BP question

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    I am doing a pt teaching for a 90yo woman. She started with hypotension:127/57 laying, 94/56 sitting and 88/58 standing. The MD stopped all her BP meds and she went to the other extreme:212/75, 213/104, and 216/81. What is this? My instructor said that it was not orthostatic because her diastolic was fluctuating, not her systolic. She says this has never happened before. I need to do research on her, but not sure what to look up. Any help would be greatly appreciated.
  2. 8 Comments so far...

  3. 0
    Systolic blood pressure refers to the pressure of blood in the artery when the heart contracts. It is the top (and higher) number in a blood pressure reading.

    Diastolic blood pressure refers to the pressure of blood in the artery when the heart relaxes between beats. It is the bottom (and lower) number in a blood pressure reading.

    For example, if a person's systolic pressure is 120 mm Hg of mercury and the diastolic pressure is 80 mm Hg, blood pressure is recorded as 120/80.
  4. 0
    I need to do research on her, but not sure what to look up. Any help would be greatly appreciated.

    Could she be rebounding?
  5. 0
    While the numbers aren't good the pulse pressure has really increased in your last set of numbers...I believe this is what would be concerning me more than just the numbers themselves...the pulse pressure is to large!!!
  6. 0
    they took her off all her meds?!?!?!?
    old people have NO RESERVE...
    they are unable to compensate like you or I for changes in position. and they ARE ALWAYS dehydrated....it isn't a question of eating/drinking (although it can be) but physiologically our total body water decreases with age along with lean muscle mass. more than likely she just needs to take more time when changing positions and perhaps a decrease in medication - but withdrawing them from all BP meds is very dangerous.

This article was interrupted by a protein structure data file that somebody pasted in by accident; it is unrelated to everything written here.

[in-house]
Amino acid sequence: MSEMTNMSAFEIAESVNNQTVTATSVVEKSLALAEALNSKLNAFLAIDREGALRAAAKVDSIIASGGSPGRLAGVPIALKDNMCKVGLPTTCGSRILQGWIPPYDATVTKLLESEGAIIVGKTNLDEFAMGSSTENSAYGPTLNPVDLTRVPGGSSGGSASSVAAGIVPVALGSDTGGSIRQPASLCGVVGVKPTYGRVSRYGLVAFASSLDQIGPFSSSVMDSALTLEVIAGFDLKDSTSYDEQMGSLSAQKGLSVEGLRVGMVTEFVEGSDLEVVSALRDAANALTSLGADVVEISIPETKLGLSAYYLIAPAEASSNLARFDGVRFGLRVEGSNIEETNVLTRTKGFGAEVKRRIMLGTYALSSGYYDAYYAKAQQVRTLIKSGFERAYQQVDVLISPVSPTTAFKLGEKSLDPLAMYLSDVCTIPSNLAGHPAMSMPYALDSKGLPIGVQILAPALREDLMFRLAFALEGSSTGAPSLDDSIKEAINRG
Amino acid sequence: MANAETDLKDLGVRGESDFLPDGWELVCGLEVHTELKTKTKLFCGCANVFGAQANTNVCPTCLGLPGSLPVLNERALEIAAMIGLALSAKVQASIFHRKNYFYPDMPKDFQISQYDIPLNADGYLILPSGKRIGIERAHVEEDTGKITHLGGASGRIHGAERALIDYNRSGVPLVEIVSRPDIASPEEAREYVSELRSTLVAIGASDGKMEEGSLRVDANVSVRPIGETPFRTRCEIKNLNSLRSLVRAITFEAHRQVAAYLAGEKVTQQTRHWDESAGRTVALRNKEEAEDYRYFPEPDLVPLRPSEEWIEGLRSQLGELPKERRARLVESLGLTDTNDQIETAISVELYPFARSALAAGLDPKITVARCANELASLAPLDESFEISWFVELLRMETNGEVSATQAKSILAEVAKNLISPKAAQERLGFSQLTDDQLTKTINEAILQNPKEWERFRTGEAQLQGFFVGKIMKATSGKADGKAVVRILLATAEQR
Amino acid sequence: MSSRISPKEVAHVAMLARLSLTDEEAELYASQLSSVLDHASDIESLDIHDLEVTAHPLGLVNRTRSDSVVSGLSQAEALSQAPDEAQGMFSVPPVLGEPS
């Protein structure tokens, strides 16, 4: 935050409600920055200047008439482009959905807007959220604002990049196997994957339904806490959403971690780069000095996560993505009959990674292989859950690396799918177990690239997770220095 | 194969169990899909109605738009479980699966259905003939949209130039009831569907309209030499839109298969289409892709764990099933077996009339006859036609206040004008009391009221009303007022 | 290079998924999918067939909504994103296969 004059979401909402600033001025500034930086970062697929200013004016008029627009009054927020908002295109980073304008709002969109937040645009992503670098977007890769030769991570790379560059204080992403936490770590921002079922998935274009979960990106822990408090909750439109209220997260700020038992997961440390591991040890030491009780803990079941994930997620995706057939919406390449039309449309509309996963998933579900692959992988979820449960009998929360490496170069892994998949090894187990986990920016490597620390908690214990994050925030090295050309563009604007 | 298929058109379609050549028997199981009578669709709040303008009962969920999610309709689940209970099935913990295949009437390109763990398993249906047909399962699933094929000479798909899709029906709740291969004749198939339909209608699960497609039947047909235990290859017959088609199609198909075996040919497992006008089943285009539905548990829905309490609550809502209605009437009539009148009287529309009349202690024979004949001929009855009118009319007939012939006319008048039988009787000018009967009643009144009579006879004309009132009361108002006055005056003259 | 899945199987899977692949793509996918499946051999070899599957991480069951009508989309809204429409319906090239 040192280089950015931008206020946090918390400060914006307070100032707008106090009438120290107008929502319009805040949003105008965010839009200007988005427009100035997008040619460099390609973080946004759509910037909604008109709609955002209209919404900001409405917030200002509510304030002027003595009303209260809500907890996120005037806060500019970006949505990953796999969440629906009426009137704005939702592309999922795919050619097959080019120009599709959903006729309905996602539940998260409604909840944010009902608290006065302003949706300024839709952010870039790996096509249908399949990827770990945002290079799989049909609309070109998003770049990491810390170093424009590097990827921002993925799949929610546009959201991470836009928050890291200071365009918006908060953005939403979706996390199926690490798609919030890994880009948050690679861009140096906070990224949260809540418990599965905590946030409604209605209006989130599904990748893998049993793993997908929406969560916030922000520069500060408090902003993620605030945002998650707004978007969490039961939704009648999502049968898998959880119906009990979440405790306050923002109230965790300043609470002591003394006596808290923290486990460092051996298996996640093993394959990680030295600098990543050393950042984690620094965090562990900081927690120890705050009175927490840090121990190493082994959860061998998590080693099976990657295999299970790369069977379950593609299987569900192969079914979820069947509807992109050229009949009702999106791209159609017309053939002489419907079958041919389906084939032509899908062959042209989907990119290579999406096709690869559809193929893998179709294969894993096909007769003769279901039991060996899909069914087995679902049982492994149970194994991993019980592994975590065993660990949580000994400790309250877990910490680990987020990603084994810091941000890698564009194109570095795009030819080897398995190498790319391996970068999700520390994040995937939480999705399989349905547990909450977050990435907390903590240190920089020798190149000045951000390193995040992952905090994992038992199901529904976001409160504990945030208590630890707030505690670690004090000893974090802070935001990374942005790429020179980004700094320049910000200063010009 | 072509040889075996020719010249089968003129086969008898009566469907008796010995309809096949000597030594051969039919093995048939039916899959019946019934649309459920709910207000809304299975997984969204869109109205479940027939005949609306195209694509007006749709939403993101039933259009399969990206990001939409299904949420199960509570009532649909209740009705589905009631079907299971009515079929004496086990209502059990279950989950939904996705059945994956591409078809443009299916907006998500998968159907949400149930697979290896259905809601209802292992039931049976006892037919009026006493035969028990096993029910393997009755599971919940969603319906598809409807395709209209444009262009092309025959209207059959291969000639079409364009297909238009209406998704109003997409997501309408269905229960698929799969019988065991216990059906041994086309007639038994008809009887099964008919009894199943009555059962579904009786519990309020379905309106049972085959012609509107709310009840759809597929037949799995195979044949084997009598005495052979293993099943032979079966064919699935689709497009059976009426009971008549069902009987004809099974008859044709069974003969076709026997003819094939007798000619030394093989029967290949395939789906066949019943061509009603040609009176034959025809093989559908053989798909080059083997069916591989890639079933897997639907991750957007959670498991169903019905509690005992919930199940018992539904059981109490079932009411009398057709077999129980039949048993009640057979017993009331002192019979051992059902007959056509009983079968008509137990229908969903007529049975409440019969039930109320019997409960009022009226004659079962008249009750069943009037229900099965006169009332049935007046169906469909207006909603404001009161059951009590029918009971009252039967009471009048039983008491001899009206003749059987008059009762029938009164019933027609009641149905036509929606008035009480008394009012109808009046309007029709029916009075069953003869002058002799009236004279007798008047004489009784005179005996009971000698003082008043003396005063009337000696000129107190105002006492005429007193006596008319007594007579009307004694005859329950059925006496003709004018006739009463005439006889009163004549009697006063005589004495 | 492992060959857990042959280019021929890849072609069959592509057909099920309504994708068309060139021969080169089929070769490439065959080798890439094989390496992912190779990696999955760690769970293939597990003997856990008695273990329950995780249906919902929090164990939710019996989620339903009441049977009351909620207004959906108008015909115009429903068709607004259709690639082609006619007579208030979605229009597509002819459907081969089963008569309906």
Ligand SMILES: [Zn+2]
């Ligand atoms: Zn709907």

7. 0
    Quote from rebelmama7
    I am doing a pt teaching for a 90yo woman. She started with hypotension:127/57 laying, 94/56 sitting and 88/58 standing. The MD stopped all her BP meds and she went to the other extreme:212/75, 213/104, and 216/81. What is this? My instructor said that it was not orthostatic because her diastolic was fluctuating, not her systolic. She says this has never happened before. I need to do research on her, but not sure what to look up. Any help would be greatly appreciated.

    Hmmm, I would look into widening pulse pressure. This usually happens during increasing intracranial pressure but sometimes it happens in geriatric patients with chronic hypertensive situations, and its usually a precursor for a major cardiopulmonary crisis.

    What else is going on with this patient? We need more information about her history, her labs, F&E status, height/weight, any other health problems... Which BP meds was she on, and why?
    Last edit by Tony35NYC on Apr 8, '05